China’s Land Law: An Overview

Source: Finance Asia

Since all land in the People’s Republic of China (“PRC”) belongs to the state, corporate entities and individuals are not permitted to own land although they may own the property above the land. Given this division of ownership, the legal framework governing land in China includes legislation regulating land-use rights on the one hand and legislation regulating ownership of the buildings and structures on the other hand. Legislation is also in place concerning the requisition, development and protection of land in the PRC.

The Land Administration Law of the People’s Republic of China (the “Land Law”) is the fundamental law governing land matters in China. It came into effect on January 1, 1999, replacing the 1986 law.

In order to understand how the land administration system will affect their projects in the PRC, foreign investors must be aware of the nature of the land-use rights that they are dealing with. Among other things, they will need to know if their land-use rights will increase land-acquisition costs and land-related environmental obligations and liabilities.

Land-Title System
Although the Land Law introduced many changes, it has not altered the existing land-title system in China. Under this system, there are two types of land ownership: state ownership and collective ownership. There is no private land ownership under Chinese law. According to China’s 1982 Constitution, all land in urban areas is owned by the state and is called state-owned land (guoyou tudi). All agricultural land and homesteads in the suburban and rural areas are owned by rural collectives and called collective land (jiti tudi). Uncultivated land in mountain and other remote areas is also state-owned.

Commercially, land-use rights (tudi shiyongquan) are of greater relevance than land ownership (tudi suoyouquan). Chinese law prohibits transferring ownership of state-owned land, but permits the Chinese government to grant, lease, or allocate the right to use state-owned land. For collective land, Chinese law has imposed so many restrictions that the transfer of ownership of collective land, while theoretically possible, is practically infeasible. But rural collectives may provide land-use rights and land contracting or the lease of collective land on a fixed term (tudi chengbao jingyingquan) to peasants and other land users, subject to stringent legal procedures.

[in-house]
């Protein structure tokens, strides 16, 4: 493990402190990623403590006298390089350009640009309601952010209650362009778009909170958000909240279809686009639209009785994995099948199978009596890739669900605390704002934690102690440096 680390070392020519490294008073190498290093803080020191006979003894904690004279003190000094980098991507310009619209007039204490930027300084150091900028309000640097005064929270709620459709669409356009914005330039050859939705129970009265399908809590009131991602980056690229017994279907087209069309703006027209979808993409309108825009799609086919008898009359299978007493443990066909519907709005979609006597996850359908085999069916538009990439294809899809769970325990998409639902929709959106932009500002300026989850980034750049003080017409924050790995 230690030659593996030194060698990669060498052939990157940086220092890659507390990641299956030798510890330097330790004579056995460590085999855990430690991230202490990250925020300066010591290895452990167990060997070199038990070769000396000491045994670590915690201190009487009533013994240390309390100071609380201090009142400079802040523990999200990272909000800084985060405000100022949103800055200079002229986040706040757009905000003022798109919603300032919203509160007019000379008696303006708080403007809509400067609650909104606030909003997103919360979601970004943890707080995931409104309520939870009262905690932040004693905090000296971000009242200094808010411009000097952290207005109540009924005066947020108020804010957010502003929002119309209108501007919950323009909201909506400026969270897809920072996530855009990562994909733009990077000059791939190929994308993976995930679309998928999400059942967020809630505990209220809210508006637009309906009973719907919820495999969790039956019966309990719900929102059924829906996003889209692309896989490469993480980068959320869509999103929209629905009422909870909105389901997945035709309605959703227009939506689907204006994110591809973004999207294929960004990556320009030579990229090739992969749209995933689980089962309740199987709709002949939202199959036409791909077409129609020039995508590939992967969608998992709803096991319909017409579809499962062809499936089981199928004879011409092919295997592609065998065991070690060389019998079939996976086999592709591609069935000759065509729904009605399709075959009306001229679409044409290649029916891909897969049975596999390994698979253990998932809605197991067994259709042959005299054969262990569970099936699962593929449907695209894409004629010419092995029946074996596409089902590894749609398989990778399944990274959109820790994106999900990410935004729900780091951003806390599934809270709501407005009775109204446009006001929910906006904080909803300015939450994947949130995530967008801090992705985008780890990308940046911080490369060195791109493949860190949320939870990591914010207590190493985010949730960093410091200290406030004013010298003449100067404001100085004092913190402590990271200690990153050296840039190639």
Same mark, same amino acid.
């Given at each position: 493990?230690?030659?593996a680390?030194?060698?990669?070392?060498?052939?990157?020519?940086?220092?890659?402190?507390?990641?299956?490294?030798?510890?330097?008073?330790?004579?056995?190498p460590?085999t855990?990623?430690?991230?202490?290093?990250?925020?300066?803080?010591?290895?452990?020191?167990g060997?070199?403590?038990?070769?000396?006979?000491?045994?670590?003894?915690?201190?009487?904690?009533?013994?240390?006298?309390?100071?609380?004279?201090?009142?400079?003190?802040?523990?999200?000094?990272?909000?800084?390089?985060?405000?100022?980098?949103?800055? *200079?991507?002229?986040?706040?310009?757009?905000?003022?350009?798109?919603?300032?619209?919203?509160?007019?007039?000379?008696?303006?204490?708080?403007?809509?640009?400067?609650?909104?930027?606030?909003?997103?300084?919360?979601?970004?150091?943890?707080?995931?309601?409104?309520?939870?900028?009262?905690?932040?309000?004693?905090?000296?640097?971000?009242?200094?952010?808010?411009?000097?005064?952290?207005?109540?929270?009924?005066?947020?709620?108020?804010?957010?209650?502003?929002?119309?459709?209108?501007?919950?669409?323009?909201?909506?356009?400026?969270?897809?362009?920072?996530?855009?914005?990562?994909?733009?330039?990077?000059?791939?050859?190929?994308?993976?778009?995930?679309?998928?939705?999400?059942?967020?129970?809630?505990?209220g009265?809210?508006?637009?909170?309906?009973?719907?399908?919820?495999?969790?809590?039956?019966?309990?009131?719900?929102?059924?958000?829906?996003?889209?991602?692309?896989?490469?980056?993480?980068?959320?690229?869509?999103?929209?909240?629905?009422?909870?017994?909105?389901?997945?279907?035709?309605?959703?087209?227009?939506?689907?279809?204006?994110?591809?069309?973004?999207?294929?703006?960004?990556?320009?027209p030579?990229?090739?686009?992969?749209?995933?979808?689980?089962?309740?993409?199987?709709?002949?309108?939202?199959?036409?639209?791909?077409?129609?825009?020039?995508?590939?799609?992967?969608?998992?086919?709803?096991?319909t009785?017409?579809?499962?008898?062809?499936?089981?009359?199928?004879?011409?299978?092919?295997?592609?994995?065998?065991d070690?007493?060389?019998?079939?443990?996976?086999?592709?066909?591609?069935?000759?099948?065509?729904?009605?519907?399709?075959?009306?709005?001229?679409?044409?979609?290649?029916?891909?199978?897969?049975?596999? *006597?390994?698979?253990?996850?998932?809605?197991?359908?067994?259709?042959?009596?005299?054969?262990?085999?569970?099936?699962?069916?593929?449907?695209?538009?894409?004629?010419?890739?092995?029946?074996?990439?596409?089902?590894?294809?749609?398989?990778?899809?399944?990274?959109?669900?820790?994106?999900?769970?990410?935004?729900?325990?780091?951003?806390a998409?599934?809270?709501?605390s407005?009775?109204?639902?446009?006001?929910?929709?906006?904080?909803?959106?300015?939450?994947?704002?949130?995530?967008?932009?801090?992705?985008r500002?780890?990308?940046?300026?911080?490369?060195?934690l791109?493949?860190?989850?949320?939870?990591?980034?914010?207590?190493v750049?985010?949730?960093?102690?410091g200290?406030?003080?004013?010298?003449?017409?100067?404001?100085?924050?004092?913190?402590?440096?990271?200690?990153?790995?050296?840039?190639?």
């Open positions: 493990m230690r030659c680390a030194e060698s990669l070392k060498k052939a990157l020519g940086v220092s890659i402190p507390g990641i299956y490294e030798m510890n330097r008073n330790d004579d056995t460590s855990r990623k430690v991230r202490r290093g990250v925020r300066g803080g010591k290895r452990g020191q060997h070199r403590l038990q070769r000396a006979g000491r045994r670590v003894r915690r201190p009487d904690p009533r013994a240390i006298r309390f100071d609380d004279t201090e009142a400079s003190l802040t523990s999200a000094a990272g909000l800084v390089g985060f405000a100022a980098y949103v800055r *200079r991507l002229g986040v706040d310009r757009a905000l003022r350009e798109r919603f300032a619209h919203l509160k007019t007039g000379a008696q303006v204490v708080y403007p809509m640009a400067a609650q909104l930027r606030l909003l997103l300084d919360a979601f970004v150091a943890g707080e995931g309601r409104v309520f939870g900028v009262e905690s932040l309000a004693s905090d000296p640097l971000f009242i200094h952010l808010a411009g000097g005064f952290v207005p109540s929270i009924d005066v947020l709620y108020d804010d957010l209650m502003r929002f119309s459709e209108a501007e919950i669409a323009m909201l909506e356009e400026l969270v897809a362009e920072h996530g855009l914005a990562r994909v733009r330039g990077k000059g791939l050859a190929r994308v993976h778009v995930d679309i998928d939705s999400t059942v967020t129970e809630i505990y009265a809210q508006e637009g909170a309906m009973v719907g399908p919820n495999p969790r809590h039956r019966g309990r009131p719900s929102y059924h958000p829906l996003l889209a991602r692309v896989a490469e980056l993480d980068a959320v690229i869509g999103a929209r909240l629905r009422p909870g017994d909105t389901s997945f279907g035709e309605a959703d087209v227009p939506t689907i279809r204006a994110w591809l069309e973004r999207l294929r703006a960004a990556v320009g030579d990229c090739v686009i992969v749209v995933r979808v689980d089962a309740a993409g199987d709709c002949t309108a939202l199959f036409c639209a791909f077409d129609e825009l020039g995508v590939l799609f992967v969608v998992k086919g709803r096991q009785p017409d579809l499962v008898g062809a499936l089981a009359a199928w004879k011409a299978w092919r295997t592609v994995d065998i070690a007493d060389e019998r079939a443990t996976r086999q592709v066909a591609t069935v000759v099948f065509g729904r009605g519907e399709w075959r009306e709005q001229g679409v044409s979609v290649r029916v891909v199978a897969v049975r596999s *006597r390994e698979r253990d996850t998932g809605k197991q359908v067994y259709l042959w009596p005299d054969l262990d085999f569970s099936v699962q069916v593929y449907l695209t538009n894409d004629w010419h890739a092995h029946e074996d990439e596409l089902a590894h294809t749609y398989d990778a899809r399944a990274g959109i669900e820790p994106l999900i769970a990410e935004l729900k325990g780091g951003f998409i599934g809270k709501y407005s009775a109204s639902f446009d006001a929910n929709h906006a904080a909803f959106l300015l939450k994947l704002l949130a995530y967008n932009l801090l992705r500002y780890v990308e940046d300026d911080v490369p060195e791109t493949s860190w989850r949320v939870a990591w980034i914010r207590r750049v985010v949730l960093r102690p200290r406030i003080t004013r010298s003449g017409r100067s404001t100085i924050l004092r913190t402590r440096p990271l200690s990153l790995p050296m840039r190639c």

The 1990 Urban Land Regulations and the 1994 Urban Real Estate Law authorize local land bureaus at county and municipal levels to grant long-term land-use rights (churang tudi shiyongquan) to local and foreign land users, but only over state-owned land, and not over collective land.

To obtain granted land-use rights, the land user must sign a land-grant contract with the local land bureau arrived at by means of a competitive mechanism (bidding, auction or a listing process) or negotiation and must pay a substantial land-grant fee up front. The grantee will enjoy a fixed land-grant term and must use the land for the purpose specified in the land-grant contract. Prior to the expiration of the term, the government may take back the land, but only for reasons of public interest, and in such a case the government must compensate the grantee for the value of the unexpired term and the costs of the superstructures. The maximum term of a land grant ranges from 40 years for commercial use to 70 years for residential use.

Apart from security of tenure, the other important legal feature of granted land-use rights is marketability; that is, granted land-use rights may be transferred, leased, or mortgaged in accordance with the law and the terms of the land-grant contract.

Other types of land-use rights include “allocated land-use rights” (huabo tudi shiyongquan), which are obtained through administrative approval by the government without the payment of a land-grant fee, and “collective land-use rights,” which are obtained through contracts with rural collectives. In contrast, these non-granted types of land-use rights (feichurang tudi shiyongquan) lack either marketability or security of tenure. Hence foreign banks normally do not accept these non-granted types of land-use rights as security for lending, particularly in limited-recourse project finance transactions. Generally speaking, the government may take back allocated land-use rights at any time without any compensation. Many Chinese joint-venture parties possess only non-granted types of land-use rights, because their rights were acquired long before the creation of the land-grant system in 1990.

One of the main problems that emerged with the system for granting land-use rights was that the vast majority of land grants were conducted by agreement rather than by auction or a tendering process. According to unofficial statistics, as of June 2002, approximately 95% of all land-use rights had been granted via private, bilateral agreements between local land bureaus and grantees. The problem is that when the agreement method is used, there is generally little or no competitive pricing or transparency. It is believed that the state has lost billions of dollars in state revenue through the granting of land-use rights at prices below market value.

On July 1, 2002, regulations came into effect that prohibit grants by agreement for land to be used for commercial purposes. The purpose of the regulations is to promote transparency and ensure that market prices are maintained. The land-use rights for commercial land must be granted by means of auction, a tendering process or a new kind of “listing” process. When land-use rights are granted by means of the “listing” process, the land is listed at a land exchange center and interested parties are given a certain period of time within which to submit bids.

Restricted Approval Procedure
The Land Law provides for the strengthening of the approval procedure for non-agricultural use of cultivated land. The New Land Law divides land into three types: “agricultural land” (nongyongdi), “construction land” (jianshe yongdi), and “unutilized land” (weiliyongdi). Agricultural land includes cultivated land, forested land, grassland, and other land used for agricultural production or irrigation. Construction land includes land for construction of buildings, mining, transportation facilities, water-conservancy projects, and military purposes. Unutilized land refers to all land that is neither agricultural nor construction land – usually state-owned land in uncultivated mountain areas.